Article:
The regenerative medicine research group’s primary focus is on skeletal-muscular systems in the mouse and goat, and studies range from the basic science of naturally regenerating systems to the development of pre-clinical translational models. Successful regeneration occurs when developmental processes are activated during the healing of traumatic wounds, such as amputation. Our research focus is 2-fold: the first is to understanding how this occurs in naturally regenerating models, and second, to use this information to design approaches to create pro-regenerative conditions at non-regenerating models. Ongoing studies include cell and molecular mechanisms that govern blastema formation, engineering regenerative responses with growth factors, the use of stem cells to develop tissues for implantation, the effect of load and physical stress on bone regeneration, and how regenerative properties are influenced by age.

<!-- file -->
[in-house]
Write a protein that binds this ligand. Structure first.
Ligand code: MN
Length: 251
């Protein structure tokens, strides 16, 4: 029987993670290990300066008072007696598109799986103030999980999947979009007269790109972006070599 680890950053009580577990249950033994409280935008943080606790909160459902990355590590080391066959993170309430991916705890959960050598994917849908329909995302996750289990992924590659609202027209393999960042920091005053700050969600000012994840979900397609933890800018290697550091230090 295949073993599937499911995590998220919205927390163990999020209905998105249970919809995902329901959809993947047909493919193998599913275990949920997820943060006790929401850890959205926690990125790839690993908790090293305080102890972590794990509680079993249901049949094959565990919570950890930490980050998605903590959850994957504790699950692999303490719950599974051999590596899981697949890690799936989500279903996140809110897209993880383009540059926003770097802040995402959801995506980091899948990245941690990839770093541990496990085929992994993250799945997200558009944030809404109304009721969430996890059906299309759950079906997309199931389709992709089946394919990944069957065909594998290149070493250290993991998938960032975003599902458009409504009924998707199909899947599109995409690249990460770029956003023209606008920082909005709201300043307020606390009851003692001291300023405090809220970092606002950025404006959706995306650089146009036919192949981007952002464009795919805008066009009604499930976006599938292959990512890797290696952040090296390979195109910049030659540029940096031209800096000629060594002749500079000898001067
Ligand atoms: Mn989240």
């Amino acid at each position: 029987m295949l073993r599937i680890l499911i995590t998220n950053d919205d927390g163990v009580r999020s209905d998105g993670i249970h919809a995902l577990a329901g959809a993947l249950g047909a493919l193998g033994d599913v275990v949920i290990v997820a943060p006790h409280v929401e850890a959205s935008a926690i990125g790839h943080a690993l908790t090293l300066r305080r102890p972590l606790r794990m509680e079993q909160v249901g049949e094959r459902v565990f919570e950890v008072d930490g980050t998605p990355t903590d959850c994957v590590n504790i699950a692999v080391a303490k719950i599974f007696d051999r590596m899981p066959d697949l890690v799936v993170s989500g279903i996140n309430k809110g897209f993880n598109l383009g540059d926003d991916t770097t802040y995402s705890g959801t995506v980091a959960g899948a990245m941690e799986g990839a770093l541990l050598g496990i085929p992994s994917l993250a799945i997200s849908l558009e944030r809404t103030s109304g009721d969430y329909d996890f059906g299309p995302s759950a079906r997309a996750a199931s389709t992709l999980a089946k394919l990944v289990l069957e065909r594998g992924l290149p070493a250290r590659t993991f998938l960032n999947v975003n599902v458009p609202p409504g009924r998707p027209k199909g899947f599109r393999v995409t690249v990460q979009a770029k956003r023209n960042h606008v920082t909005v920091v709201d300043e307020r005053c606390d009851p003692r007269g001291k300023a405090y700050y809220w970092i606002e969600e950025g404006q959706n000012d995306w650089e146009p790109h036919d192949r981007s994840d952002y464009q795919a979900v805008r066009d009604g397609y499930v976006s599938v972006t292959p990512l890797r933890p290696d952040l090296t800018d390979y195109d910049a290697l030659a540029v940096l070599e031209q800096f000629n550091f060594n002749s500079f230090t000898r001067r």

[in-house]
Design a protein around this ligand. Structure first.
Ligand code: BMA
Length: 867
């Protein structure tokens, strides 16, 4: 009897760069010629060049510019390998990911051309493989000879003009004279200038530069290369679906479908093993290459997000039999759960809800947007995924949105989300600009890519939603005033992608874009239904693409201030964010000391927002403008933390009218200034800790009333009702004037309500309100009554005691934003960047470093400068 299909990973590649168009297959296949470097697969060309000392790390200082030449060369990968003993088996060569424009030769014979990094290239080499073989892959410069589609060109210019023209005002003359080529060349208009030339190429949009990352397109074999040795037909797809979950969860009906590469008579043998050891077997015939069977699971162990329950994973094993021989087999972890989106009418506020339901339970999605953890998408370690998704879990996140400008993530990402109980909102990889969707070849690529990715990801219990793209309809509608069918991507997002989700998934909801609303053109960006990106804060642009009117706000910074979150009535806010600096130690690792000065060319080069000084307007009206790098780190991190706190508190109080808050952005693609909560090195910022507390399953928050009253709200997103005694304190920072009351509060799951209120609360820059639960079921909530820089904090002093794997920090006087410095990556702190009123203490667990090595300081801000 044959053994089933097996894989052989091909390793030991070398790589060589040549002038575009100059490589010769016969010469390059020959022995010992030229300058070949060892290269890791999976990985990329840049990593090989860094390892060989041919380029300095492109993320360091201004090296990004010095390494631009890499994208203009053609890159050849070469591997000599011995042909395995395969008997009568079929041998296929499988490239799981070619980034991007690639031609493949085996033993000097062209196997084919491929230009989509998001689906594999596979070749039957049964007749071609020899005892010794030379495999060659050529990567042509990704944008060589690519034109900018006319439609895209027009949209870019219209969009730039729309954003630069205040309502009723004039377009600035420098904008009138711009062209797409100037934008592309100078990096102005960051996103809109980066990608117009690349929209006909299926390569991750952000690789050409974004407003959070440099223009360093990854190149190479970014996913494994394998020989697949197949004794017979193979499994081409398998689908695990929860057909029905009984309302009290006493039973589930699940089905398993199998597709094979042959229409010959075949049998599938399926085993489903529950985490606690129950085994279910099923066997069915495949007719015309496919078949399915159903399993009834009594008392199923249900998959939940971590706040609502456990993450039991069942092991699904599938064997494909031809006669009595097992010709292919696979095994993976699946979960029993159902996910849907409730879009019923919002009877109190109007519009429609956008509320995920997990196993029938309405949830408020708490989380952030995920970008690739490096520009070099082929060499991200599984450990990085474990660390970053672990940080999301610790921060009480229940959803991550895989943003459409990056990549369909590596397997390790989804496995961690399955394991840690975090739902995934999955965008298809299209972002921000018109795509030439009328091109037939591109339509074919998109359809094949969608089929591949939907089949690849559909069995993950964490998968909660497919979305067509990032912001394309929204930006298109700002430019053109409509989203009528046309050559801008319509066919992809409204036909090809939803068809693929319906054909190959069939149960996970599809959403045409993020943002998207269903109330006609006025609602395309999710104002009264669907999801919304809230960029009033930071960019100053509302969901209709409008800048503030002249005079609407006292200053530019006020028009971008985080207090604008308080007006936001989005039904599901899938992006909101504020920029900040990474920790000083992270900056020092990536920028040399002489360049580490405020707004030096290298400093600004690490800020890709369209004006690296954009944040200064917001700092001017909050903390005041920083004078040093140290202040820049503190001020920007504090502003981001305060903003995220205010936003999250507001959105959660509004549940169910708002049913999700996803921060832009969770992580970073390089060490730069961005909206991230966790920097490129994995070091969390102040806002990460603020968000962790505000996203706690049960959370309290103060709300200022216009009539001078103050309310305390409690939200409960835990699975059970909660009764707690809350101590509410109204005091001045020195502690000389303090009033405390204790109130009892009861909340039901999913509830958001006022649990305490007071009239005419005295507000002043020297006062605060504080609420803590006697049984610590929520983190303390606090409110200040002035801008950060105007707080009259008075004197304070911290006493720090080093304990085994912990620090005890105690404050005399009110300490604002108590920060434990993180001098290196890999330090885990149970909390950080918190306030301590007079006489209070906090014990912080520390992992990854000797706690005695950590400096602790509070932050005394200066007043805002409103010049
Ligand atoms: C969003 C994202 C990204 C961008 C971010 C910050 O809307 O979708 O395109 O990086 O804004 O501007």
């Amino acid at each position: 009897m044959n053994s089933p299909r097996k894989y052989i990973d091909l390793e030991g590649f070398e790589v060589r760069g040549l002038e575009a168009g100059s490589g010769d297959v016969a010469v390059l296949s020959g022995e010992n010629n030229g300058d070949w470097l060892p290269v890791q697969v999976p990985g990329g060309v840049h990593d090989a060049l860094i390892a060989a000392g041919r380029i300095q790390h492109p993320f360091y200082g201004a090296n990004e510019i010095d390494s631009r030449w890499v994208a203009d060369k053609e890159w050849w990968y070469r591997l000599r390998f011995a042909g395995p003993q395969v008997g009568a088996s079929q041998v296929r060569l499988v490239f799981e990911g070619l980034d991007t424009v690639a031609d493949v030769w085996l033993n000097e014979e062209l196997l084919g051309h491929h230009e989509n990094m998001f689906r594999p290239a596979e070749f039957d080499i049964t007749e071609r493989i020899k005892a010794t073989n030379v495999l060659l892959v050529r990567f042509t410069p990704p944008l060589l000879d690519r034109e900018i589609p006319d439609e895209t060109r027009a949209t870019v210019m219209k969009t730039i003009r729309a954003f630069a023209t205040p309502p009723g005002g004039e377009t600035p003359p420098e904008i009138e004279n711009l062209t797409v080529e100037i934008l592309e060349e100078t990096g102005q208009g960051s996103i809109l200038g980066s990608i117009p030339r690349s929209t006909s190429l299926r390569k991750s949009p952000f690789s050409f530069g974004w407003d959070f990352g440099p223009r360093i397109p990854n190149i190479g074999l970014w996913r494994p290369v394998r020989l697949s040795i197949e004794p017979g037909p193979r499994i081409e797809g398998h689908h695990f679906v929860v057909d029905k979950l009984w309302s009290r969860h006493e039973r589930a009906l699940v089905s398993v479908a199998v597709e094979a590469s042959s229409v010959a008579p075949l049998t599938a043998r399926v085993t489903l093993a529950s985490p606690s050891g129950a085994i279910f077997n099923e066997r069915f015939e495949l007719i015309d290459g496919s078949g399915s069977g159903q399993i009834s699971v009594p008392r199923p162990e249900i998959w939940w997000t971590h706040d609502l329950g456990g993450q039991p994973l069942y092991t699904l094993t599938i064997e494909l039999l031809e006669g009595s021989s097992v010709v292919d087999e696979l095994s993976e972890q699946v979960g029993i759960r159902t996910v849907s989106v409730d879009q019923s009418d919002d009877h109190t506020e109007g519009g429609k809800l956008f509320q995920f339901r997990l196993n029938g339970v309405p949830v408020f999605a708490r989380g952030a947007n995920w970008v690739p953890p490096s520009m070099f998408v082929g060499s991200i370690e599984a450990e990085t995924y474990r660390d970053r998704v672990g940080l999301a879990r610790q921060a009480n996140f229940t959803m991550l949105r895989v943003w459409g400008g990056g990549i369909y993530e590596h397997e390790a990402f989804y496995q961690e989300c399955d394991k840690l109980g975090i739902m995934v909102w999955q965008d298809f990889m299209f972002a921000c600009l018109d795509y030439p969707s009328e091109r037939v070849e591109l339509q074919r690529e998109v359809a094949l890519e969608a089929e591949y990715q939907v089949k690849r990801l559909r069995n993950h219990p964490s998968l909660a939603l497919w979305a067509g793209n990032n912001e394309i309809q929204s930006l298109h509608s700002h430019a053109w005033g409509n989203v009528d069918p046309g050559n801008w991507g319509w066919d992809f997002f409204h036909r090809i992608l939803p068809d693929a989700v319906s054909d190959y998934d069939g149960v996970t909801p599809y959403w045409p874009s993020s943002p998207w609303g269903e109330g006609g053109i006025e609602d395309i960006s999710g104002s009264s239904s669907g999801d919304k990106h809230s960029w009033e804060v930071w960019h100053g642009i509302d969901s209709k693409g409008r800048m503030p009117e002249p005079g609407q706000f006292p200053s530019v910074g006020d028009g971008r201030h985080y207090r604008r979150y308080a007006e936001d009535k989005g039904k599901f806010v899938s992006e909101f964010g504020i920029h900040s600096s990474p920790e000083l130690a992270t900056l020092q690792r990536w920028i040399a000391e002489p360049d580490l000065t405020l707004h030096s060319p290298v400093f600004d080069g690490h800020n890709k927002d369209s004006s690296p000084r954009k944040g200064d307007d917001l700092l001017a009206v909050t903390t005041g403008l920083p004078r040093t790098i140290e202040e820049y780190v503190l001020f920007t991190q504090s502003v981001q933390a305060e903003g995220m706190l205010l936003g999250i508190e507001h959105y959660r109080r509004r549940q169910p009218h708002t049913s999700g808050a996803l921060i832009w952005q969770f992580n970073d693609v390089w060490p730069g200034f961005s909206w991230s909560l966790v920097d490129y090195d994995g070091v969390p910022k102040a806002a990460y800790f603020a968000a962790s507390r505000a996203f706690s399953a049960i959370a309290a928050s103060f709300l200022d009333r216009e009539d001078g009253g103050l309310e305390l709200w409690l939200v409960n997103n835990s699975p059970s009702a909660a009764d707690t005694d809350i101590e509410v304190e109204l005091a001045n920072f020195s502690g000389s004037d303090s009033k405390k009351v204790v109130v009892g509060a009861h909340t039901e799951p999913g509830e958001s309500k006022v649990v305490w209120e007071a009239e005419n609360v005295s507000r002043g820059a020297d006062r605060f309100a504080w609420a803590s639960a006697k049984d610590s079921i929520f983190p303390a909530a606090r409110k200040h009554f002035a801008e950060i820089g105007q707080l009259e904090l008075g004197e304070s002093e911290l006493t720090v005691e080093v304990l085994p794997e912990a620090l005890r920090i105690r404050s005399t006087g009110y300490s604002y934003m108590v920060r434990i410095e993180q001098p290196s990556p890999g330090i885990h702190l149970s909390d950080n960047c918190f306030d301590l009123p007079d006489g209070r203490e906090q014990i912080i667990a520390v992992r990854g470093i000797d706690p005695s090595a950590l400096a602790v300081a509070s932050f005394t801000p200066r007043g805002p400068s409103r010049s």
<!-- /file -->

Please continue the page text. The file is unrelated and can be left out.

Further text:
Academic and Research Support
- US Army Research Office – W911NF-09-1-0305 ($6,246,794)
- NIH National Institute of Child Health and Human Development – 5U13HD061150
- DARPA – Restorative Injury Repair Program W911NF-06-1-0161 ($16,726,526)
- NIH National Institute of Child Health and Human Development – R01 HD043277 ($1,334,520)
- US Army Research Center – DURIP Equipment Grant ($150,000)
- NIH National Institute of Child Health and Human Development – P01 HD022610 ($1,334,520)